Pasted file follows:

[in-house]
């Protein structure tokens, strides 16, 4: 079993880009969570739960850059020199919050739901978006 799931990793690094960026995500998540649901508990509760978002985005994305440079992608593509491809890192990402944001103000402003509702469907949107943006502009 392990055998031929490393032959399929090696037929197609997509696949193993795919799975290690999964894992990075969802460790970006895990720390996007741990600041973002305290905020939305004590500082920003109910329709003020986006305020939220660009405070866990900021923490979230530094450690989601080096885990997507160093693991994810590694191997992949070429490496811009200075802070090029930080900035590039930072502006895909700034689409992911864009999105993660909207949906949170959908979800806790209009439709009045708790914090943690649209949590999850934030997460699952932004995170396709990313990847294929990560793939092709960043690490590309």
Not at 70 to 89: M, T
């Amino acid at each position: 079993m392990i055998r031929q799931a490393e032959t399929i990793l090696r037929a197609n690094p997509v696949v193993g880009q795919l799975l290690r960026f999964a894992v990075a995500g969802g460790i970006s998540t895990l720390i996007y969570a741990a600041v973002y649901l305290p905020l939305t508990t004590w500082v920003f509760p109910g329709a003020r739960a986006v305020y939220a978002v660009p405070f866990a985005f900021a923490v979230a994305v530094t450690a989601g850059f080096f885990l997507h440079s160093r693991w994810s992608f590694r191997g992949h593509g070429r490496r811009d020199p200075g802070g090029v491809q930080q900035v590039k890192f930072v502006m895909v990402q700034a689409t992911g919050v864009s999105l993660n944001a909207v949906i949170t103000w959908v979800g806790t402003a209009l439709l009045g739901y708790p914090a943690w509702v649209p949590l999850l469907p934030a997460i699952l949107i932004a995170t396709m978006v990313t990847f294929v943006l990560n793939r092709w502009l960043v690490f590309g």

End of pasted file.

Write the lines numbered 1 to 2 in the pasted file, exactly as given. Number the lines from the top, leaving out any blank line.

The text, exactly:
[in-house]
């Protein structure tokens, strides 16, 4: 079993880009969570739960850059020199919050739901978006 799931990793690094960026995500998540649901508990509760978002985005994305440079992608593509491809890192990402944001103000402003509702469907949107943006502009 392990055998031929490393032959399929090696037929197609997509696949193993795919799975290690999964894992990075969802460790970006895990720390996007741990600041973002305290905020939305004590500082920003109910329709003020986006305020939220660009405070866990900021923490979230530094450690989601080096885990997507160093693991994810590694191997992949070429490496811009200075802070090029930080900035590039930072502006895909700034689409992911864009999105993660909207949906949170959908979800806790209009439709009045708790914090943690649209949590999850934030997460699952932004995170396709990313990847294929990560793939092709960043690490590309």